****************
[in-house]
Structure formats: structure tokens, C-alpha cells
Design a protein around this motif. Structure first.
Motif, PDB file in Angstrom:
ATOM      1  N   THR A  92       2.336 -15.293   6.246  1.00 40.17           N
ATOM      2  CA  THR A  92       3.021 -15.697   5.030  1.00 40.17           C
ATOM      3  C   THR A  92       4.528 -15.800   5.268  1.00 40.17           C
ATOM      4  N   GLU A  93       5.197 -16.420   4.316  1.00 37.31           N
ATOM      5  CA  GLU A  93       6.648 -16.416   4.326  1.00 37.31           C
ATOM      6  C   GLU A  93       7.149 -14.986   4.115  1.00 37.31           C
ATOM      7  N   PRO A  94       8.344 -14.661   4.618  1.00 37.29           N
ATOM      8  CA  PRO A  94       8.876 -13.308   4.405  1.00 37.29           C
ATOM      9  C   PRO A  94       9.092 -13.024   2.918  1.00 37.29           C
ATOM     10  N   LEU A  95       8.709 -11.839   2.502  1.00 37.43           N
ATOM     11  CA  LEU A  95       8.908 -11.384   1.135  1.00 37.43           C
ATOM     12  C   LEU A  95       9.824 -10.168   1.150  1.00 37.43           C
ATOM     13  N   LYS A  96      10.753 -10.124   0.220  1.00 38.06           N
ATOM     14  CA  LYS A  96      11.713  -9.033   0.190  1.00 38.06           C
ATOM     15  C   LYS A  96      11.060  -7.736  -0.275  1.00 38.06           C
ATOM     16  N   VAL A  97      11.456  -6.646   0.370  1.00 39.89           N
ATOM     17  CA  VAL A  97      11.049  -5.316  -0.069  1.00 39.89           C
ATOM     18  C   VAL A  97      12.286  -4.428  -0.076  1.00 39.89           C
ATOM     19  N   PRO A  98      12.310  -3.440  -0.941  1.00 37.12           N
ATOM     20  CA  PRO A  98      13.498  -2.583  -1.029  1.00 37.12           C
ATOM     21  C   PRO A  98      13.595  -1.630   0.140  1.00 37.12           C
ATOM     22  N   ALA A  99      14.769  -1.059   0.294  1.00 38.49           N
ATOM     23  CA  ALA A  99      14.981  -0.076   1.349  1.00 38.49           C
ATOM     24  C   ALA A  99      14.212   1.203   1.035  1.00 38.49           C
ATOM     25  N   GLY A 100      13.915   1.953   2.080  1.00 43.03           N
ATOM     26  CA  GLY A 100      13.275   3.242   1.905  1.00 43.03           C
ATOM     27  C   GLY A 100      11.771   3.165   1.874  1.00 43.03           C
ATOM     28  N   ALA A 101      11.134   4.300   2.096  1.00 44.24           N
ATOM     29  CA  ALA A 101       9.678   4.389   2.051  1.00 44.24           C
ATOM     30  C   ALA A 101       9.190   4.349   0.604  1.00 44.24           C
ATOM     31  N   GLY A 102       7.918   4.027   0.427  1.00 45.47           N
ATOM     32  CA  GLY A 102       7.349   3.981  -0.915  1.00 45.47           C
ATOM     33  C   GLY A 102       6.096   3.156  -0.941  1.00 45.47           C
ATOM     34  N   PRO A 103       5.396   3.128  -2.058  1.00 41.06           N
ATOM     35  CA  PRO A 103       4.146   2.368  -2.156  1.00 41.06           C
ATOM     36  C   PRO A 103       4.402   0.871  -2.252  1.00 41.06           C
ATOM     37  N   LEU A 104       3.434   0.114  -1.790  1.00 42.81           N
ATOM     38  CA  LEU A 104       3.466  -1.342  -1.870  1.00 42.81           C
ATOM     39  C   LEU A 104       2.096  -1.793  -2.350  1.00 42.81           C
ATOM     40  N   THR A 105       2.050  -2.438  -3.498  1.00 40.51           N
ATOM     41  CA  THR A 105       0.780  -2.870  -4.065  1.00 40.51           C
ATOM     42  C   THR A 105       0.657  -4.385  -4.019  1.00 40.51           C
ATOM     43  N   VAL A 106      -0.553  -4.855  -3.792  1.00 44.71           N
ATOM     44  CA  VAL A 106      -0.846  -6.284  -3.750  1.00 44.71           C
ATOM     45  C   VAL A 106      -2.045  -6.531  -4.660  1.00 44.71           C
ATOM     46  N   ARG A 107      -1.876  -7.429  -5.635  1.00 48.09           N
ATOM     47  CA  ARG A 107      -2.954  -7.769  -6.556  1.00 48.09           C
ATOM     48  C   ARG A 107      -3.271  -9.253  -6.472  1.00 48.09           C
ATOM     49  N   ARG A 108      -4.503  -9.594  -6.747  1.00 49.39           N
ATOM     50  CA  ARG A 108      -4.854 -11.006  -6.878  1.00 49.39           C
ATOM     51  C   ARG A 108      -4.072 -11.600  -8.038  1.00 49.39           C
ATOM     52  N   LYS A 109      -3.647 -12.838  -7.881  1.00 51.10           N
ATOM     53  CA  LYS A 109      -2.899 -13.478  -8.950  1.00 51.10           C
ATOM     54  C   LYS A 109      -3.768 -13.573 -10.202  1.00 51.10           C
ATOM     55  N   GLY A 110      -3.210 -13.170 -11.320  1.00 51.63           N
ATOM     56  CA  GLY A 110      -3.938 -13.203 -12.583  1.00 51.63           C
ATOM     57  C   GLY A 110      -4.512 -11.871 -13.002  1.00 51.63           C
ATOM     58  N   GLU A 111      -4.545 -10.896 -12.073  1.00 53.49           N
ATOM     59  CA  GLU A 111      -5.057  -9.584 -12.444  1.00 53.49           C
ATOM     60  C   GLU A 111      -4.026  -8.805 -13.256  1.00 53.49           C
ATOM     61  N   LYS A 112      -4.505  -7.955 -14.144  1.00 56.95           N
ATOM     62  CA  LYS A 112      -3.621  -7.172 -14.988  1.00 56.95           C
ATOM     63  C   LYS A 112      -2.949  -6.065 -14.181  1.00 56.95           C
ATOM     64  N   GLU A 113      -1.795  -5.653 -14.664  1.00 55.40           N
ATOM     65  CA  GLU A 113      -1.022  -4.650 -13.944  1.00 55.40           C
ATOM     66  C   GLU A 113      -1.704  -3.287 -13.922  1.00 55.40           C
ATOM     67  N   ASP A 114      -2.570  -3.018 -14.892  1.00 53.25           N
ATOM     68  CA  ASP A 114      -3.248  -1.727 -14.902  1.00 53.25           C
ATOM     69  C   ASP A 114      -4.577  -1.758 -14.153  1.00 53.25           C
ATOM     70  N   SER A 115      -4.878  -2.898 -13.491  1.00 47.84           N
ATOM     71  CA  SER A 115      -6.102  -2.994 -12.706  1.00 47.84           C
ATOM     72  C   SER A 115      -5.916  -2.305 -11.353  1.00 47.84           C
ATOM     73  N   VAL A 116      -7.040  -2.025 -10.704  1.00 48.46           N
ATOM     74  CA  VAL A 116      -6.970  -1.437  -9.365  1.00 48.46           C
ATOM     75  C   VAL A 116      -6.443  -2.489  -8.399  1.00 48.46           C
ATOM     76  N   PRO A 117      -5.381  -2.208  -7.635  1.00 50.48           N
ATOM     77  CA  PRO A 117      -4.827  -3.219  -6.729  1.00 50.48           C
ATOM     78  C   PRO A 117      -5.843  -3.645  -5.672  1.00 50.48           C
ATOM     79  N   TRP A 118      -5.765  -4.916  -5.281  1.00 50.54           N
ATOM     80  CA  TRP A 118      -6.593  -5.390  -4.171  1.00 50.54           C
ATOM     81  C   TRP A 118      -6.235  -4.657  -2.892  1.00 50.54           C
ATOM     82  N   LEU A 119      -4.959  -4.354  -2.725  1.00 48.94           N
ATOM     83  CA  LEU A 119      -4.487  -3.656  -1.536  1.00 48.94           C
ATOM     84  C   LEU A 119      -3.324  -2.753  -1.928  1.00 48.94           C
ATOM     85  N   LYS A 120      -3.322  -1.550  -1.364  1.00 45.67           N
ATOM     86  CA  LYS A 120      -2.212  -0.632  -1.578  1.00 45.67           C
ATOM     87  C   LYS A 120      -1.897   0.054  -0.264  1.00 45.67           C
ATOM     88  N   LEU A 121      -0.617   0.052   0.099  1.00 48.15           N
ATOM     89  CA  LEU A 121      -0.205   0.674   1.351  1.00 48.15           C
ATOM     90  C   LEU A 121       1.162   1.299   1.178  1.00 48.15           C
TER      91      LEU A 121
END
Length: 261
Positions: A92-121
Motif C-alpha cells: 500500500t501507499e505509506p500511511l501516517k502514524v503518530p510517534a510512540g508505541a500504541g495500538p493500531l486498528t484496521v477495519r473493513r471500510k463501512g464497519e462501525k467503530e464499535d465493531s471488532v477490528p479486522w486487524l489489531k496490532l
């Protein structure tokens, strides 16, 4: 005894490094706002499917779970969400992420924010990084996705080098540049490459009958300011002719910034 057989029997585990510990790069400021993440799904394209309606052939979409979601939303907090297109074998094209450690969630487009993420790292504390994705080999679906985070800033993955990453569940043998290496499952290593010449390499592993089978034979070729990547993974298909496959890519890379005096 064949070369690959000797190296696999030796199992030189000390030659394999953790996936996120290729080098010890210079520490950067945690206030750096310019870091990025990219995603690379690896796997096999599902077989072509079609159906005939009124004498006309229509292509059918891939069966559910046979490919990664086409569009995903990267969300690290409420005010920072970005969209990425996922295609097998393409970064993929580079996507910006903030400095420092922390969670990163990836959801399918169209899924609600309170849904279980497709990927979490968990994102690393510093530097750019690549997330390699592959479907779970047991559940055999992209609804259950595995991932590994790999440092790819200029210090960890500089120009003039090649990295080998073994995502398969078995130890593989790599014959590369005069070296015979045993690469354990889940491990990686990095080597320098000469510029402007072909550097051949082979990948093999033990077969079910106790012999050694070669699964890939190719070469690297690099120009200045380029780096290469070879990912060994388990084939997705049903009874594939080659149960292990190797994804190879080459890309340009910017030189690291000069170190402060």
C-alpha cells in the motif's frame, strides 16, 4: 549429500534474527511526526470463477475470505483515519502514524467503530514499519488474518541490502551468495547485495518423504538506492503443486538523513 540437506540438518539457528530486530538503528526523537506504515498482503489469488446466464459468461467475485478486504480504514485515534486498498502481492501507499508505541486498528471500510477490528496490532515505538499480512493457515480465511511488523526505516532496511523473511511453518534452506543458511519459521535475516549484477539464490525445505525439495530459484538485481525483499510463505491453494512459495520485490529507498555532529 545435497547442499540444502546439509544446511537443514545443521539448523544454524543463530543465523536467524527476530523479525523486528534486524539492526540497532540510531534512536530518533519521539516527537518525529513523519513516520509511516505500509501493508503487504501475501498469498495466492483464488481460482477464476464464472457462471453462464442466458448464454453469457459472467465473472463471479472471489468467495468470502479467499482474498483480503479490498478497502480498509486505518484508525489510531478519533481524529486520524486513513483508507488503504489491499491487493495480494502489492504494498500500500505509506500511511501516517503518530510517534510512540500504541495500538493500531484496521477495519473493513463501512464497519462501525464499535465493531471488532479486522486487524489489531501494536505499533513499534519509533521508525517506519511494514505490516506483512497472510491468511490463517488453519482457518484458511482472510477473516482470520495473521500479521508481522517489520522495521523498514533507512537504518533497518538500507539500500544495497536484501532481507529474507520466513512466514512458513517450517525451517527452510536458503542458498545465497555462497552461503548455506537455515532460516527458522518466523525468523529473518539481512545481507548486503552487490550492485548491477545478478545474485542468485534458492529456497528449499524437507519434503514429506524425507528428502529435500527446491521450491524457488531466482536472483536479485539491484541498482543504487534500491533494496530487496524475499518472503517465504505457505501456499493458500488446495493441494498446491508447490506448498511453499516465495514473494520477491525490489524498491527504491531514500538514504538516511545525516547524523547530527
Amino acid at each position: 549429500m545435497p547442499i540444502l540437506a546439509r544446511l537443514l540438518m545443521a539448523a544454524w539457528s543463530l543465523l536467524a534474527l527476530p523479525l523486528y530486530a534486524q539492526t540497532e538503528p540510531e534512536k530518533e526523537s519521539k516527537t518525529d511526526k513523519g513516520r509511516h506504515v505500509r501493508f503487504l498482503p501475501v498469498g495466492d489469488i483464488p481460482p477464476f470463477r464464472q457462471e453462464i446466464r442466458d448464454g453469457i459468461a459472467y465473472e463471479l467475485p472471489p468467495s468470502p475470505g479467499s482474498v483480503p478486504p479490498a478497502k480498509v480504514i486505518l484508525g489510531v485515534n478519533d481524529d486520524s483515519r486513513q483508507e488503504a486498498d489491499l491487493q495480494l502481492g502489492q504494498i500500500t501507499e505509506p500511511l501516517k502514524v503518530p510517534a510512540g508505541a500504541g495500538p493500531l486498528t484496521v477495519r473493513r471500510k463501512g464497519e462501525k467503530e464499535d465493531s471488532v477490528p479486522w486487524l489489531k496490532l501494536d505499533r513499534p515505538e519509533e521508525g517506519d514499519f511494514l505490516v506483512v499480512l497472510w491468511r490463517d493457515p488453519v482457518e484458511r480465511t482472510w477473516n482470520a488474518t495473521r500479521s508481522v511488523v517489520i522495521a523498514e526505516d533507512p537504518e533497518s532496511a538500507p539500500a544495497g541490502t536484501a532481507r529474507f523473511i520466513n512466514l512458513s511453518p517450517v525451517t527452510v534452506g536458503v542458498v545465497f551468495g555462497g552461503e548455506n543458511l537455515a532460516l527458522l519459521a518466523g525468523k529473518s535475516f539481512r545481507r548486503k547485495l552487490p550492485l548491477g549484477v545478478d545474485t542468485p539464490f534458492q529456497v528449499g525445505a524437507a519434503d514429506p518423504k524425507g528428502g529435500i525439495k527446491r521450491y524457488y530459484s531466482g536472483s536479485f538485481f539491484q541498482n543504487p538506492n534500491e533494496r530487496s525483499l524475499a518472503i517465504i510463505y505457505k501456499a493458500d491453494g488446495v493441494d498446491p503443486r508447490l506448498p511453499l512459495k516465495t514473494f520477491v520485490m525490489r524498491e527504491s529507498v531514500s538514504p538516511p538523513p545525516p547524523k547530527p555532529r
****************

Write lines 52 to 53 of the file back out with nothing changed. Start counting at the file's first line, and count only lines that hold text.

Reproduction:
ATOM     48  C   ARG A 107      -3.271  -9.253  -6.472  1.00 48.09           C
ATOM     49  N   ARG A 108      -4.503  -9.594  -6.747  1.00 49.39           N